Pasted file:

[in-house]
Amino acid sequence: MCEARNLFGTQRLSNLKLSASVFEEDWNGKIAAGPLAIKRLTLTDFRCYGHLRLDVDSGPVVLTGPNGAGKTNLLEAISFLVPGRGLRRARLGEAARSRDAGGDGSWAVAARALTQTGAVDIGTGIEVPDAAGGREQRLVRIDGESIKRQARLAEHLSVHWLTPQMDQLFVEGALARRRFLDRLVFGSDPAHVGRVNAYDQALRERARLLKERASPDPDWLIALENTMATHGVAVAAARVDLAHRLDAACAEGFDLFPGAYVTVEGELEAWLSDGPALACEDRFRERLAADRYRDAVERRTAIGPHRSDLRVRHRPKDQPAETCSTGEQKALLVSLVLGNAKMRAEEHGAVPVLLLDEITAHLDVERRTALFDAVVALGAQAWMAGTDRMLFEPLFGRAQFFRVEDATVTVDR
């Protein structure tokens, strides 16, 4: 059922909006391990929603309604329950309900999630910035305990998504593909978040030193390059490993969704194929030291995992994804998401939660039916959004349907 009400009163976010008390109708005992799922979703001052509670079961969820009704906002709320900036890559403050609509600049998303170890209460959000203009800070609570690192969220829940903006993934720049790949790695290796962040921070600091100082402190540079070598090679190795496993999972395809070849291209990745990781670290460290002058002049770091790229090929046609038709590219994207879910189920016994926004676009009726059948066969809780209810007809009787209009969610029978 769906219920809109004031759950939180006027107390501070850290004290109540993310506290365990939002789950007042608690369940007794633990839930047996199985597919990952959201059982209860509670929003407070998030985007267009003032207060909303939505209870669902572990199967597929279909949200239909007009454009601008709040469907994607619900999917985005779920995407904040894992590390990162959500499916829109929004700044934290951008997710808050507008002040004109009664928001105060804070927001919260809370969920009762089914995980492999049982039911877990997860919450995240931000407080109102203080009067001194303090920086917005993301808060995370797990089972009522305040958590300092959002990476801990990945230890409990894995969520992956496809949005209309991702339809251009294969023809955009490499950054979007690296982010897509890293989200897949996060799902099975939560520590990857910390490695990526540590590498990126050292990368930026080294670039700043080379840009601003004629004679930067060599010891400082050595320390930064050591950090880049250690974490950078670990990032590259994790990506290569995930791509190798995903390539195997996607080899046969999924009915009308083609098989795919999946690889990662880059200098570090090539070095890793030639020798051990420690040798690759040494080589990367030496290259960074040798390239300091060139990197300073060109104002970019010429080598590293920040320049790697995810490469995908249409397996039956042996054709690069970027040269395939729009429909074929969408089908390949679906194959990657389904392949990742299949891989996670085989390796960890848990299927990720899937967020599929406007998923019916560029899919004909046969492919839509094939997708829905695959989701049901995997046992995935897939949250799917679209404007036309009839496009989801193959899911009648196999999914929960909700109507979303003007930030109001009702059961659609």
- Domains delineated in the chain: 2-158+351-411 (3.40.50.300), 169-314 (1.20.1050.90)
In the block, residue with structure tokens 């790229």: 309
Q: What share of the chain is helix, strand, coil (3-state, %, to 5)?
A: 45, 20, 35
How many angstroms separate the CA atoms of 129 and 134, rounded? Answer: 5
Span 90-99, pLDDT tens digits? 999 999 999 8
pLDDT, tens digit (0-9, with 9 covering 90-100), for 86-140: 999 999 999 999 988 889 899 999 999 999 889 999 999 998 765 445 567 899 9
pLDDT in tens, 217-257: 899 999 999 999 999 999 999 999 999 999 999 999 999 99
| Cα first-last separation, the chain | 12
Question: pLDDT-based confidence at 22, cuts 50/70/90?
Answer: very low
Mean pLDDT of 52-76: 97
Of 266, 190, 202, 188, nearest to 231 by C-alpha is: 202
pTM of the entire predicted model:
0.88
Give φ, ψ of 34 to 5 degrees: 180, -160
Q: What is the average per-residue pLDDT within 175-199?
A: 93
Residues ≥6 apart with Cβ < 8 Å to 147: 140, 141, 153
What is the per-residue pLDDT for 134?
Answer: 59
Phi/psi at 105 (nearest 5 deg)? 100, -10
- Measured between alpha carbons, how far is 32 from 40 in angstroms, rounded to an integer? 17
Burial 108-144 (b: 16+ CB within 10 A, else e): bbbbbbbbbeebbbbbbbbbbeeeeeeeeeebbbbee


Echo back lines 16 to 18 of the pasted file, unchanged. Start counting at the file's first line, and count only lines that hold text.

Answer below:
Of 266, 190, 202, 188, nearest to 231 by C-alpha is: 202
pTM of the entire predicted model:
0.88